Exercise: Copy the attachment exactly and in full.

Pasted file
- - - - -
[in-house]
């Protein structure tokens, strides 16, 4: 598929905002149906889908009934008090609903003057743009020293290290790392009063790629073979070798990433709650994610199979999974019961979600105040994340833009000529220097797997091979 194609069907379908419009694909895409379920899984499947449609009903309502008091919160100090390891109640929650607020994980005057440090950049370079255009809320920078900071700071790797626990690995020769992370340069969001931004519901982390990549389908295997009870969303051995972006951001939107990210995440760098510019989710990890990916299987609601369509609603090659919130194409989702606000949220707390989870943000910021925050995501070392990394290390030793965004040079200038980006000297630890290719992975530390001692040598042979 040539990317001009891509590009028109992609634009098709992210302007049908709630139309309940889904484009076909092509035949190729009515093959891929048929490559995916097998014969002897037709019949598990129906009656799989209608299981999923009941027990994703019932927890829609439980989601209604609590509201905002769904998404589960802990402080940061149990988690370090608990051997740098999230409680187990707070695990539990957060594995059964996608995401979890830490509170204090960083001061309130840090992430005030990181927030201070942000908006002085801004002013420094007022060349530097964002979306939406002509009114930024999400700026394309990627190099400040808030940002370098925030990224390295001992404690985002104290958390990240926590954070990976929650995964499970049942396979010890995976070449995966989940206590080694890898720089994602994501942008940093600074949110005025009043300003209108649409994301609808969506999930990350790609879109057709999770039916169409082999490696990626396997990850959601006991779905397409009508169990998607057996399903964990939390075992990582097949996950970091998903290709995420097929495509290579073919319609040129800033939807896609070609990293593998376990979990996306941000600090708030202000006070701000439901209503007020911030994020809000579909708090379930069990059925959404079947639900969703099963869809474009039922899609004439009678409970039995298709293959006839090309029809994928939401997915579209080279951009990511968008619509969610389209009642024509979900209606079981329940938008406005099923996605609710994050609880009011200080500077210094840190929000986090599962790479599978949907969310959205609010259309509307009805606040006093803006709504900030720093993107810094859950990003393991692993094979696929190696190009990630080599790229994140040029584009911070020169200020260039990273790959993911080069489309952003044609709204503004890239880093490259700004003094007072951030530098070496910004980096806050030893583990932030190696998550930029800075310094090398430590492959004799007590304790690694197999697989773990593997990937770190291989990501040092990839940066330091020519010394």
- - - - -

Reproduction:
[in-house]
């Protein structure tokens, strides 16, 4: 598929905002149906889908009934008090609903003057743009020293290290790392009063790629073979070798990433709650994610199979999974019961979600105040994340833009000529220097797997091979 194609069907379908419009694909895409379920899984499947449609009903309502008091919160100090390891109640929650607020994980005057440090950049370079255009809320920078900071700071790797626990690995020769992370340069969001931004519901982390990549389908295997009870969303051995972006951001939107990210995440760098510019989710990890990916299987609601369509609603090659919130194409989702606000949220707390989870943000910021925050995501070392990394290390030793965004040079200038980006000297630890290719992975530390001692040598042979 040539990317001009891509590009028109992609634009098709992210302007049908709630139309309940889904484009076909092509035949190729009515093959891929048929490559995916097998014969002897037709019949598990129906009656799989209608299981999923009941027990994703019932927890829609439980989601209604609590509201905002769904998404589960802990402080940061149990988690370090608990051997740098999230409680187990707070695990539990957060594995059964996608995401979890830490509170204090960083001061309130840090992430005030990181927030201070942000908006002085801004002013420094007022060349530097964002979306939406002509009114930024999400700026394309990627190099400040808030940002370098925030990224390295001992404690985002104290958390990240926590954070990976929650995964499970049942396979010890995976070449995966989940206590080694890898720089994602994501942008940093600074949110005025009043300003209108649409994301609808969506999930990350790609879109057709999770039916169409082999490696990626396997990850959601006991779905397409009508169990998607057996399903964990939390075992990582097949996950970091998903290709995420097929495509290579073919319609040129800033939807896609070609990293593998376990979990996306941000600090708030202000006070701000439901209503007020911030994020809000579909708090379930069990059925959404079947639900969703099963869809474009039922899609004439009678409970039995298709293959006839090309029809994928939401997915579209080279951009990511968008619509969610389209009642024509979900209606079981329940938008406005099923996605609710994050609880009011200080500077210094840190929000986090599962790479599978949907969310959205609010259309509307009805606040006093803006709504900030720093993107810094859950990003393991692993094979696929190696190009990630080599790229994140040029584009911070020169200020260039990273790959993911080069489309952003044609709204503004890239880093490259700004003094007072951030530098070496910004980096806050030893583990932030190696998550930029800075310094090398430590492959004799007590304790690694197999697989773990593997990937770190291989990501040092990839940066330091020519010394």